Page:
Watch: Mitchell Marsh pounded a 115-metre six during the third Australia-England ODI at the Melbourne Cricket Ground.

At first, Marsh’s six, a full-blooded pull off Olly Stone to the deep mid-wicket fence, seemed to be a neat, clean strike – but that was about it. Echoing the resonance of a sweet hit, it landed deep – about a dozen and a half rows – into the MCG stands. It was not until the broadcaster’s graphics expanded that it became known how colossal the hit had been.

Launched off the bat at 151.4kph at an angle of 31.9 degrees, it had travelled 115 metres. At a time when every 100-metre six catches attention, the extra few metres on Marsh’s hit really made it stand out among the biggest sixes calculated of late.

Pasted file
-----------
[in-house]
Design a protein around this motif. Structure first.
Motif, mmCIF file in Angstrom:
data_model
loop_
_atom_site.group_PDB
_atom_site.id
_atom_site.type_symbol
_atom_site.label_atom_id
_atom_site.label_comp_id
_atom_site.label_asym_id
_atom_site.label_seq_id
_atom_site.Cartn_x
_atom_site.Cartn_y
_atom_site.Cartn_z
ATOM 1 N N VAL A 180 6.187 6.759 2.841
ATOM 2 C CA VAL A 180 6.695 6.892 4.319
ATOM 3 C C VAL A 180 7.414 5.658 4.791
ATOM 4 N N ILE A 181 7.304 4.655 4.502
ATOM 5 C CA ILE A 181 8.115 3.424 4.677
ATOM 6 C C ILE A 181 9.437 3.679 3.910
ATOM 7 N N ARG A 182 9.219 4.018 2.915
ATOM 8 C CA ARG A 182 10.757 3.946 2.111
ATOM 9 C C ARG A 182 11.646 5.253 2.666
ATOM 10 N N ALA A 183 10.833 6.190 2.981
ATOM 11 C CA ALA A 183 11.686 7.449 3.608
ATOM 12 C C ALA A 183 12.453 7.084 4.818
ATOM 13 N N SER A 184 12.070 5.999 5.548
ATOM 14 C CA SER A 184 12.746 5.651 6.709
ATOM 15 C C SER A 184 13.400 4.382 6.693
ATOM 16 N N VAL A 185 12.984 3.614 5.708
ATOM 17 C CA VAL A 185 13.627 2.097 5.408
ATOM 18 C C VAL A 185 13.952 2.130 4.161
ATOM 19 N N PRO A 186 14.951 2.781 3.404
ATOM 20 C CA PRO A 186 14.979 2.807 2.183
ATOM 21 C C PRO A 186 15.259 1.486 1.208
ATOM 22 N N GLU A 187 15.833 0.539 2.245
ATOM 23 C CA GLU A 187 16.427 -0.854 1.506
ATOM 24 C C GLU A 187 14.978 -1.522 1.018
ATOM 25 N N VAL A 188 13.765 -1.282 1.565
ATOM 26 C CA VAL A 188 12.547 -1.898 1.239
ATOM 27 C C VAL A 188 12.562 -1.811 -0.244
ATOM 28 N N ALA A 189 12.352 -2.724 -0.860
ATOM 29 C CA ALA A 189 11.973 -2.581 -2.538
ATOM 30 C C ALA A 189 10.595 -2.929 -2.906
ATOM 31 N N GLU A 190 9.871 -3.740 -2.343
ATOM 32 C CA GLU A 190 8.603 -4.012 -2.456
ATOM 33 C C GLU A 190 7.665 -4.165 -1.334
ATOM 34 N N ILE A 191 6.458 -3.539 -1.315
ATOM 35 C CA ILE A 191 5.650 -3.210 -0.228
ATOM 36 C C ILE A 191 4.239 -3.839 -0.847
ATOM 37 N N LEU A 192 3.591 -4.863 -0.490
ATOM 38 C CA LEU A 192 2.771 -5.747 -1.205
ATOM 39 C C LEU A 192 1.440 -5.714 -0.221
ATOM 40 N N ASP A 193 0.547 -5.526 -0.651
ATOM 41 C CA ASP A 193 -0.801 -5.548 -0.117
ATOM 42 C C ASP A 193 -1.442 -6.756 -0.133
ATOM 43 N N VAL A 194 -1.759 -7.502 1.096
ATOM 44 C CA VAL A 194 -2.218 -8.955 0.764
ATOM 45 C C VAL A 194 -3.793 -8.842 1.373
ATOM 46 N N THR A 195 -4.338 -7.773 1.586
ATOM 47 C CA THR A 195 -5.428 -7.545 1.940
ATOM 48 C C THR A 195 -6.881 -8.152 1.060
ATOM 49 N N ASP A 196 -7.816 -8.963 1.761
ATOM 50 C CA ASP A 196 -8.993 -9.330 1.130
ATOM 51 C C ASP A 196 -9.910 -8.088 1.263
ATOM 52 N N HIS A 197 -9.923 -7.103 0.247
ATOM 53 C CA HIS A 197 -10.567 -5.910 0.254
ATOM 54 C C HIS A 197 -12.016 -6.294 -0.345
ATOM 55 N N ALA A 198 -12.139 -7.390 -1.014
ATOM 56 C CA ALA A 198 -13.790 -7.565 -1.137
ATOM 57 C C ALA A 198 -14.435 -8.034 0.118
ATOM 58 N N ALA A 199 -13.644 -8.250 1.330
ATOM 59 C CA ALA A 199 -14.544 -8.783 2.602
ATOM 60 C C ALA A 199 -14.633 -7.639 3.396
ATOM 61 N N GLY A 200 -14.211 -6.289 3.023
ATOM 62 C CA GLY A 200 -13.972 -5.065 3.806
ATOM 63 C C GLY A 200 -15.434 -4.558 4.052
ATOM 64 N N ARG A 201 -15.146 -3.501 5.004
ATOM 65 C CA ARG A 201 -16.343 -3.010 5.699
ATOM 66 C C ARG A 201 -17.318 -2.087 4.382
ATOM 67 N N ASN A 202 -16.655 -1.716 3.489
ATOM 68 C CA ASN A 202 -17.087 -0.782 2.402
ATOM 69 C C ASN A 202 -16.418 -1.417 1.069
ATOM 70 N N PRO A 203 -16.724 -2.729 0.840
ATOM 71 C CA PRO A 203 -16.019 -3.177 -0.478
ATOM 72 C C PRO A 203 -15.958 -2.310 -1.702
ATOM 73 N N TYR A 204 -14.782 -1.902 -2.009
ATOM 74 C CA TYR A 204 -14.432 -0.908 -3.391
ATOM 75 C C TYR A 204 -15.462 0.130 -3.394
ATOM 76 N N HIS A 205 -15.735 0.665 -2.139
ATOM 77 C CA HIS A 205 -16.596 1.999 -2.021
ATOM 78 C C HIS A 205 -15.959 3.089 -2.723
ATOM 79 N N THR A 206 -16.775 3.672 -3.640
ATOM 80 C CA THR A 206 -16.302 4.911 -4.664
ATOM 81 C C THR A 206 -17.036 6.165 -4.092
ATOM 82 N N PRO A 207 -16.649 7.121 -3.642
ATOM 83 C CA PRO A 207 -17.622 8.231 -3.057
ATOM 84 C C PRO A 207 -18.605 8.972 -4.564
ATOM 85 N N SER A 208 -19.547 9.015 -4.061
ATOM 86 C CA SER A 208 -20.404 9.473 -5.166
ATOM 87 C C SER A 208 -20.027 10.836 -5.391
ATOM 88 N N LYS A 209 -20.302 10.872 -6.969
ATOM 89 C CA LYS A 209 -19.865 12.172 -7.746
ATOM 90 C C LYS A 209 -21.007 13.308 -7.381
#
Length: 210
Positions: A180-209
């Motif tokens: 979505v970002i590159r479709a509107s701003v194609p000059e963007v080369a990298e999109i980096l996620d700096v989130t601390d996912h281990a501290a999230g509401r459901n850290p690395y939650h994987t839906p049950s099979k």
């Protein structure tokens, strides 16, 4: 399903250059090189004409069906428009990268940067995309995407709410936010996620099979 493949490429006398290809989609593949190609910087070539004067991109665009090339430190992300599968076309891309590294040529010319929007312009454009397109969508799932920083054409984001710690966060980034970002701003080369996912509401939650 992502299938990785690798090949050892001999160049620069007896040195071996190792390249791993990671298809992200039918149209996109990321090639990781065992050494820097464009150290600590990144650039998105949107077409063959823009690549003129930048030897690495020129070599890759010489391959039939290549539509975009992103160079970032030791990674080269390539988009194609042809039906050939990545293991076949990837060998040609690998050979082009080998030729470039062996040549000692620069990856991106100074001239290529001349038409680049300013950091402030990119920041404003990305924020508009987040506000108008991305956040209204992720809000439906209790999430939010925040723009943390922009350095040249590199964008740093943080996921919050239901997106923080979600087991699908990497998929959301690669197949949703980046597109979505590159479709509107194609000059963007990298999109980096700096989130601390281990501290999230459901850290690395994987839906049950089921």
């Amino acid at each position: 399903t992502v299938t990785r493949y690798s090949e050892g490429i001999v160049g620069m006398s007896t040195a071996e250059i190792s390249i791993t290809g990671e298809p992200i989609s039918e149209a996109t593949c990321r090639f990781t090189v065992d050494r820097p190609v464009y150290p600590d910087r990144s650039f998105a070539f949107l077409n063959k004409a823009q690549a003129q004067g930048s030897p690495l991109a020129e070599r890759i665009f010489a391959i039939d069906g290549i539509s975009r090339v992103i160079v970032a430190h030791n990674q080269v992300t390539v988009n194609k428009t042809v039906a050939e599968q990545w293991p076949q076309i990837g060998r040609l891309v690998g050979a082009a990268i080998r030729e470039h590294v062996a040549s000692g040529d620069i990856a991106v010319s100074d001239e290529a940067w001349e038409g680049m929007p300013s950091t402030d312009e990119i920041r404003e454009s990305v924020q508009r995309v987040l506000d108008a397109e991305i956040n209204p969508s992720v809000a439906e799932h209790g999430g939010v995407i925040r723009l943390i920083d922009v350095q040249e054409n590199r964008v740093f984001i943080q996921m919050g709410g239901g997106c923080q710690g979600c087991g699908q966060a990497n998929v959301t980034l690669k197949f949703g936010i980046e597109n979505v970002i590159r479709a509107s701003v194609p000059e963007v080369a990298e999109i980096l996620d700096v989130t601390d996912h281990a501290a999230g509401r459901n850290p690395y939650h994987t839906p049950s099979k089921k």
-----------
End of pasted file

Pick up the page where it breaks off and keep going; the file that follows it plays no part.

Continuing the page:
For context, the biggest six at the 2022 T20 World Cup stood at 109 metres, hit by UAE’s Junaid Siddique off Sri Lanka’s Dushmantha Chameera at the Kardinia Park in Geelong, a monster strike that flew over the stadium roof. If measured accurately, Marsh’s hit went six metres farther.

For those following real time, the illusion of distance is also complicated by the dimensions of the stadium. Marsh’s hit travelled only a few metres into the ground-level rows, but this is one of the biggest in the world – and the dimensions are somewhat lopsided as well. According to this tweet, the shortest boundary side at Geelong is 51 metres, while the shortest at the MCG is 65.

Australia eventually won the game by 221 runs (via the Duckworth-Lewis-Stern method).

Watch Mitchell Marsh’s monster strike here:

And here is Siddique’s six from last month:


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